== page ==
Find out more!

Your Professional Image

1) Attire

  • Business attire is strongly recommended for attendance at job fairs, networking receptions, and interviews, whereas business casual attire is often appropriate for employer information sessions, panel discussions, informational interviews and other presentations.

2) Elevator Speech

  • You will need a professional self-introduction on events designed specifically for networking.
  • The casual networking opportunities we encounter nearly every day --  plane flights, waiting in line to buy tickets, and on and on.
  • Career or job fairs.
  • Cold calls to employers.
  • Opportunities within your own company to talk with higher-up honchos, let them know you're doing a great job, and position you for promotion.
  • Job interviews, where the Elevator Speech can provide the answer to at least two common interview queries: "Tell me about yourself" and "Why should I hire you?" 

3) LinkedIn

  • Commonly referred to as the “professional Facebook,” LinkedIn is a professional networking site that allows you to identify and connect with potential networking contacts, research companies, and join professional interest groups.
  • Employers frequently check candidates’ online presence before granting them an interview or selecting them for a position. Is your online presence helping or hurting you? 85% of employers say positive online reputation influences hiring decisions.
  • For more information and a complete handout regarding LinkedIn, click here

4) Portfolium

Portfolium: Join Portfolium to showcase your work for employers! Use this free resource for any major to...

Portfolium logo
  • Create an academic portfolio showcasing your projects, presentations, essays, hobbies, and unique experiences 
  • Elaborate by uploading pictures, PDFs, power points, videos and descriptions of what skills you have learned from each experience.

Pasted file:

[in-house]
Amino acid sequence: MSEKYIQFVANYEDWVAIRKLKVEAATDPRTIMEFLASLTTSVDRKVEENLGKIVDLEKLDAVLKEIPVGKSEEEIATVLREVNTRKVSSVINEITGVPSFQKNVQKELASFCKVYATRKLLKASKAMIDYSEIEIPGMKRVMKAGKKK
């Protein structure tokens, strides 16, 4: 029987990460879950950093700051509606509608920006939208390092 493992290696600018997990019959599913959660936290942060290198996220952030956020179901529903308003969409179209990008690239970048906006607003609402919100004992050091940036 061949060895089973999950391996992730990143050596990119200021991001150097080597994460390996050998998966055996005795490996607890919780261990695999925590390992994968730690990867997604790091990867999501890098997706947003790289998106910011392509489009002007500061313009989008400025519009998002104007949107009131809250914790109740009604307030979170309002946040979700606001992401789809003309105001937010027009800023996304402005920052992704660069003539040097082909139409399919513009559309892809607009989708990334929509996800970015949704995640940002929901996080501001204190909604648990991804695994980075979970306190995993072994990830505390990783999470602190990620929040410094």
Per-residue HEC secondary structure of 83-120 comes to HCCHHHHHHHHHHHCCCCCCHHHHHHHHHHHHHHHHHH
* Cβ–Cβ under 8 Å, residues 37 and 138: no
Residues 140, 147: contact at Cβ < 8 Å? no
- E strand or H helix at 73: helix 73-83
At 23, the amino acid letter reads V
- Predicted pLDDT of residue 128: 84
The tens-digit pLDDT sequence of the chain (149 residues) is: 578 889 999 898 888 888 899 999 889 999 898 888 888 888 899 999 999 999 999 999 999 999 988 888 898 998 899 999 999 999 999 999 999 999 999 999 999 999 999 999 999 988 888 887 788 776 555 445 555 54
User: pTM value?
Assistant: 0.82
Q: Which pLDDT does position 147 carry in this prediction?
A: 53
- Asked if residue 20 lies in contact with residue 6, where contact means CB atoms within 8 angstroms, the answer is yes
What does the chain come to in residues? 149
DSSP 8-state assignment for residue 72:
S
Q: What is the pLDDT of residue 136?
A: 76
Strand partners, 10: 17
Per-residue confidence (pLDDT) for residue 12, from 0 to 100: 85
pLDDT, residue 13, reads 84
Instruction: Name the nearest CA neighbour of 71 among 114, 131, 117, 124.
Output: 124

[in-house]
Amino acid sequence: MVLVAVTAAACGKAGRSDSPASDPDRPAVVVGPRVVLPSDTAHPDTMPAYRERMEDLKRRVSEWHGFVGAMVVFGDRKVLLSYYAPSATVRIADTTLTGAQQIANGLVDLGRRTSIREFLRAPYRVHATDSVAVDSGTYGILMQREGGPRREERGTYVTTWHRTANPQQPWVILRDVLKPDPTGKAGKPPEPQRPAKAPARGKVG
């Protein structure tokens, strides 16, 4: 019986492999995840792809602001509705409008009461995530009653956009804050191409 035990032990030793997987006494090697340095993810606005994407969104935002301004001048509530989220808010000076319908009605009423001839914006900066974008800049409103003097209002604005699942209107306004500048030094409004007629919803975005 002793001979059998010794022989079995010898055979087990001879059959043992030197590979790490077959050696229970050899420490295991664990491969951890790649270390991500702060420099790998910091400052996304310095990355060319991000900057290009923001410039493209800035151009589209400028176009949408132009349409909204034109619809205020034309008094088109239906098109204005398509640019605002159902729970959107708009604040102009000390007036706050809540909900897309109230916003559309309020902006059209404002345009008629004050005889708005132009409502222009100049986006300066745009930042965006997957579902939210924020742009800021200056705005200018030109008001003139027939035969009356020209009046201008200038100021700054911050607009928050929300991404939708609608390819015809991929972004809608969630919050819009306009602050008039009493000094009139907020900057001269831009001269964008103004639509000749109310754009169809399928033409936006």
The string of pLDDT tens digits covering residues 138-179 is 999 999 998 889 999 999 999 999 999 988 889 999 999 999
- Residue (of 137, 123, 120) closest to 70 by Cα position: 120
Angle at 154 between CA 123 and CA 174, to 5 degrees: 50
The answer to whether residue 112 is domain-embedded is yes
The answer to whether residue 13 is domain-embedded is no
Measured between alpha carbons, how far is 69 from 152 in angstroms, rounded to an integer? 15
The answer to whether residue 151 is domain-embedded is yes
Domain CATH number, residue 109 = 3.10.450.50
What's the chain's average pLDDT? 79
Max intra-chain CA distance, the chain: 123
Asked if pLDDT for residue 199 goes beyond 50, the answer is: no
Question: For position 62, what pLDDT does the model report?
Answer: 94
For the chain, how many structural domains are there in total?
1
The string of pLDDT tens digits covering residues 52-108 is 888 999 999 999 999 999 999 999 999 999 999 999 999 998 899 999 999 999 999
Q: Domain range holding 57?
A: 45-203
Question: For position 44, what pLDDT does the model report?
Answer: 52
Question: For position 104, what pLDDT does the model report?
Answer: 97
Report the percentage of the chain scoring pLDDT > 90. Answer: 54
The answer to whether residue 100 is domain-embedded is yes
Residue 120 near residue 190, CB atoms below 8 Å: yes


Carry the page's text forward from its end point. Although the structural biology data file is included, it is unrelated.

• Share your portfolio with employers, recruiters, family and friends by attaching your URL link to your resume, grad school app., email signature, social media profile etc. 
  • Bring your portfolio to career fairs, networking events, or even into an interview and visually narrate your unique story. 
  • Check out demos on how to use Portfolium here

5)Business Cards

  • A personal business card can be a convenient tool for both you and your newly-found contact.  Keep it concise, easy to read, and professional. The design can reflect the culture of the field or industry you're exploring. You can make inexpensive ones on websites like VistaPrint.

     

    Importance of following up

An initial meeting or contact with someone does not establish a connection unless there is follow up of some kind. Developing relationships (not just contacts) is key to having access to opportunities. Stay in touch over the long haul—not just when you need something. Make it part of your long-term career plan. 
Always send an email or letter to potential contacts within 2 business days following an initial meeting. You’ve worked hard to initiate this new relationship- keep this connection alive! 
Maintain and Nurture Connections: Ways to follow up
Thank everyone who helps you and keep people posted on your progress.

Follow them on Facebook/Twitter/LinkedIn

Congratulate them on career accomplishments

Share relevant career industry articles you’ve read

Invite them out to coffee or lunch now and then 

Follow-up with your status on contacts provided

Send holiday/birthday greetings

Do's and Don'ts of Networking

Do's  Do not's
  • Clearly pronounce your name, smile and establish eye contact
  • Dress appropriately and get to events early
  • Practice your handshake  
  • When attending a function, make a goal to meet five new people in an hour
  • Enter and exit group conversations politely
  • Listen to others when they are talking and comment appropriately
  • Keep conversations short and focused
  • Ask for a business card and follow up
  • Take the initiative to approach others and introduce yourself
  • Jot notes down about the person on the back of business cards
  • Ask if your new contact knows anyone else that s/he might introduce you to
  • Take risks: the person next to you at a wedding or on a plane may be a fabulous contact 
  • Expect instant gratification
  • Start a conversation by talking about yourself
  • Sit with a friend at an event
  • Eat and talk
  • Play with/Answer your phone in the middle of a conversation